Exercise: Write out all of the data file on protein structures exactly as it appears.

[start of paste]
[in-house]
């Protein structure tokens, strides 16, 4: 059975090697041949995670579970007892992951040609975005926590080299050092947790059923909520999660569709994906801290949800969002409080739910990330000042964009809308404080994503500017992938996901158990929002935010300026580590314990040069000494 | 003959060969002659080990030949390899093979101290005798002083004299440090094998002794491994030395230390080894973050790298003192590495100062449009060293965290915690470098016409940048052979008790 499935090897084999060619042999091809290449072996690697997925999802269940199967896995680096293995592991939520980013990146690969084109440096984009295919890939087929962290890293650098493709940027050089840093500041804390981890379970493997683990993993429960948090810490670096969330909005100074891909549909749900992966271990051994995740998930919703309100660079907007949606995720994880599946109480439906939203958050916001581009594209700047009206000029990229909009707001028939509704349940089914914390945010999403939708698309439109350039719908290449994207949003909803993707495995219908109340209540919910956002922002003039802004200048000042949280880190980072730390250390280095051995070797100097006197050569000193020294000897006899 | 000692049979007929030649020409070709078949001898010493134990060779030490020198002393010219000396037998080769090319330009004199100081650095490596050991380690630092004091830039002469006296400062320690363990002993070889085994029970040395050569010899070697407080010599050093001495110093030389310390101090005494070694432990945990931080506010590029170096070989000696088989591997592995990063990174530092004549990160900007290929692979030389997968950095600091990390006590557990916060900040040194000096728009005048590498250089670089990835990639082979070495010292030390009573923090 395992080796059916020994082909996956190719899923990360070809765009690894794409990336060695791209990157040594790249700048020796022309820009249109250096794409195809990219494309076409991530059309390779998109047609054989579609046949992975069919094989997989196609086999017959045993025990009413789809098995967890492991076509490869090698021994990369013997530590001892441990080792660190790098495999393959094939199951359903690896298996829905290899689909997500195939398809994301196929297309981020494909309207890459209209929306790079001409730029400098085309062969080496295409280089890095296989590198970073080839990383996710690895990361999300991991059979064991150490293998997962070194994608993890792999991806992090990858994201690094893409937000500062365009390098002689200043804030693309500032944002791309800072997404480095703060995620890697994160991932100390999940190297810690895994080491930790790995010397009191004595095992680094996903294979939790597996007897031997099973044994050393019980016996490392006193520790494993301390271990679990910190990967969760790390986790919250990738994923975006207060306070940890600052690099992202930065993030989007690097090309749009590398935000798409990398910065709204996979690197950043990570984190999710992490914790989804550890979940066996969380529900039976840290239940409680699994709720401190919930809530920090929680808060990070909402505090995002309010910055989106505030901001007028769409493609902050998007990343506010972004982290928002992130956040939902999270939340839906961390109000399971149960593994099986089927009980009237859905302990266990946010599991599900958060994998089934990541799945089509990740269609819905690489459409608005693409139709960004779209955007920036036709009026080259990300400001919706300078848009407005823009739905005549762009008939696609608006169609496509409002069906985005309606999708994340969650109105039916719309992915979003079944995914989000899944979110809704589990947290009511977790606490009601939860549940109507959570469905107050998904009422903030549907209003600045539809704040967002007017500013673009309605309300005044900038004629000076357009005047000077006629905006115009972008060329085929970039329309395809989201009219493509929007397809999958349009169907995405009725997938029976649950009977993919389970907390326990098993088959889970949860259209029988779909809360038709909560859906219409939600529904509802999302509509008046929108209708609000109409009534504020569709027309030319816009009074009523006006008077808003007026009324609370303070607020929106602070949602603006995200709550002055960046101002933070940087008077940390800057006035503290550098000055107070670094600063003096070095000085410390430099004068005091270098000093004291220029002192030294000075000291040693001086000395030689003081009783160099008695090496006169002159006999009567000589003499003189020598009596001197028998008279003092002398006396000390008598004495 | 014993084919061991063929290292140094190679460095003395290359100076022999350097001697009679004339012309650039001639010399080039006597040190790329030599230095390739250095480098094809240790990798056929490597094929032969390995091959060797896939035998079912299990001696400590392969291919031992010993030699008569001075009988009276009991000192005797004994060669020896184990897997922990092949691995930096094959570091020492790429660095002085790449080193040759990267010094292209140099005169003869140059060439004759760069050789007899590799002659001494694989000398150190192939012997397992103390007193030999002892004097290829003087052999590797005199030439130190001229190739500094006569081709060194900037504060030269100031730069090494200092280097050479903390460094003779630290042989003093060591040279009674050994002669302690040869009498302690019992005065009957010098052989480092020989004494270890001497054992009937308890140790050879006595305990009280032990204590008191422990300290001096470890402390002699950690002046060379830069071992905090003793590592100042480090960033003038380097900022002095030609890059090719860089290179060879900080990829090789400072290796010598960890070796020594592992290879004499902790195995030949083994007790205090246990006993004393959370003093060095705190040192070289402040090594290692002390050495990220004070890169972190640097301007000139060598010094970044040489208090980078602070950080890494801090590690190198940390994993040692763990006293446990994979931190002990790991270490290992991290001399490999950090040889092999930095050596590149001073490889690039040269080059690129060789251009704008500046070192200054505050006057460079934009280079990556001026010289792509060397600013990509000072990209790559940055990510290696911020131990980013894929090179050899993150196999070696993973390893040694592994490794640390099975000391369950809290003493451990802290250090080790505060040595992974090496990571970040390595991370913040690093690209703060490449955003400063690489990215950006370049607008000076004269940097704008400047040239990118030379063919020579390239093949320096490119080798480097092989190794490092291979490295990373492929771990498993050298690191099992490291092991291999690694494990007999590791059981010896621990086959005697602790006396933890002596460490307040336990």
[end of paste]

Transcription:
[in-house]
């Protein structure tokens, strides 16, 4: 059975090697041949995670579970007892992951040609975005926590080299050092947790059923909520999660569709994906801290949800969002409080739910990330000042964009809308404080994503500017992938996901158990929002935010300026580590314990040069000494 | 003959060969002659080990030949390899093979101290005798002083004299440090094998002794491994030395230390080894973050790298003192590495100062449009060293965290915690470098016409940048052979008790 499935090897084999060619042999091809290449072996690697997925999802269940199967896995680096293995592991939520980013990146690969084109440096984009295919890939087929962290890293650098493709940027050089840093500041804390981890379970493997683990993993429960948090810490670096969330909005100074891909549909749900992966271990051994995740998930919703309100660079907007949606995720994880599946109480439906939203958050916001581009594209700047009206000029990229909009707001028939509704349940089914914390945010999403939708698309439109350039719908290449994207949003909803993707495995219908109340209540919910956002922002003039802004200048000042949280880190980072730390250390280095051995070797100097006197050569000193020294000897006899 | 000692049979007929030649020409070709078949001898010493134990060779030490020198002393010219000396037998080769090319330009004199100081650095490596050991380690630092004091830039002469006296400062320690363990002993070889085994029970040395050569010899070697407080010599050093001495110093030389310390101090005494070694432990945990931080506010590029170096070989000696088989591997592995990063990174530092004549990160900007290929692979030389997968950095600091990390006590557990916060900040040194000096728009005048590498250089670089990835990639082979070495010292030390009573923090 395992080796059916020994082909996956190719899923990360070809765009690894794409990336060695791209990157040594790249700048020796022309820009249109250096794409195809990219494309076409991530059309390779998109047609054989579609046949992975069919094989997989196609086999017959045993025990009413789809098995967890492991076509490869090698021994990369013997530590001892441990080792660190790098495999393959094939199951359903690896298996829905290899689909997500195939398809994301196929297309981020494909309207890459209209929306790079001409730029400098085309062969080496295409280089890095296989590198970073080839990383996710690895990361999300991991059979064991150490293998997962070194994608993890792999991806992090990858994201690094893409937000500062365009390098002689200043804030693309500032944002791309800072997404480095703060995620890697994160991932100390999940190297810690895994080491930790790995010397009191004595095992680094996903294979939790597996007897031997099973044994050393019980016996490392006193520790494993301390271990679990910190990967969760790390986790919250990738994923975006207060306070940890600052690099992202930065993030989007690097090309749009590398935000798409990398910065709204996979690197950043990570984190999710992490914790989804550890979940066996969380529900039976840290239940409680699994709720401190919930809530920090929680808060990070909402505090995002309010910055989106505030901001007028769409493609902050998007990343506010972004982290928002992130956040939902999270939340839906961390109000399971149960593994099986089927009980009237859905302990266990946010599991599900958060994998089934990541799945089509990740269609819905690489459409608005693409139709960004779209955007920036036709009026080259990300400001919706300078848009407005823009739905005549762009008939696609608006169609496509409002069906985005309606999708994340969650109105039916719309992915979003079944995914989000899944979110809704589990947290009511977790606490009601939860549940109507959570469905107050998904009422903030549907209003600045539809704040967002007017500013673009309605309300005044900038004629000076357009005047000077006629905006115009972008060329085929970039329309395809989201009219493509929007397809999958349009169907995405009725997938029976649950009977993919389970907390326990098993088959889970949860259209029988779909809360038709909560859906219409939600529904509802999302509509008046929108209708609000109409009534504020569709027309030319816009009074009523006006008077808003007026009324609370303070607020929106602070949602603006995200709550002055960046101002933070940087008077940390800057006035503290550098000055107070670094600063003096070095000085410390430099004068005091270098000093004291220029002192030294000075000291040693001086000395030689003081009783160099008695090496006169002159006999009567000589003499003189020598009596001197028998008279003092002398006396000390008598004495 | 014993084919061991063929290292140094190679460095003395290359100076022999350097001697009679004339012309650039001639010399080039006597040190790329030599230095390739250095480098094809240790990798056929490597094929032969390995091959060797896939035998079912299990001696400590392969291919031992010993030699008569001075009988009276009991000192005797004994060669020896184990897997922990092949691995930096094959570091020492790429660095002085790449080193040759990267010094292209140099005169003869140059060439004759760069050789007899590799002659001494694989000398150190192939012997397992103390007193030999002892004097290829003087052999590797005199030439130190001229190739500094006569081709060194900037504060030269100031730069090494200092280097050479903390460094003779630290042989003093060591040279009674050994002669302690040869009498302690019992005065009957010098052989480092020989004494270890001497054992009937308890140790050879006595305990009280032990204590008191422990300290001096470890402390002699950690002046060379830069071992905090003793590592100042480090960033003038380097900022002095030609890059090719860089290179060879900080990829090789400072290796010598960890070796020594592992290879004499902790195995030949083994007790205090246990006993004393959370003093060095705190040192070289402040090594290692002390050495990220004070890169972190640097301007000139060598010094970044040489208090980078602070950080890494801090590690190198940390994993040692763990006293446990994979931190002990790991270490290992991290001399490999950090040889092999930095050596590149001073490889690039040269080059690129060789251009704008500046070192200054505050006057460079934009280079990556001026010289792509060397600013990509000072990209790559940055990510290696911020131990980013894929090179050899993150196999070696993973390893040694592994490794640390099975000391369950809290003493451990802290250090080790505060040595992974090496990571970040390595991370913040690093690209703060490449955003400063690489990215950006370049607008000076004269940097704008400047040239990118030379063919020579390239093949320096490119080798480097092989190794490092291979490295990373492929771990498993050298690191099992490291092991291999690694494990007999590791059981010896621990086959005697602790006396933890002596460490307040336990």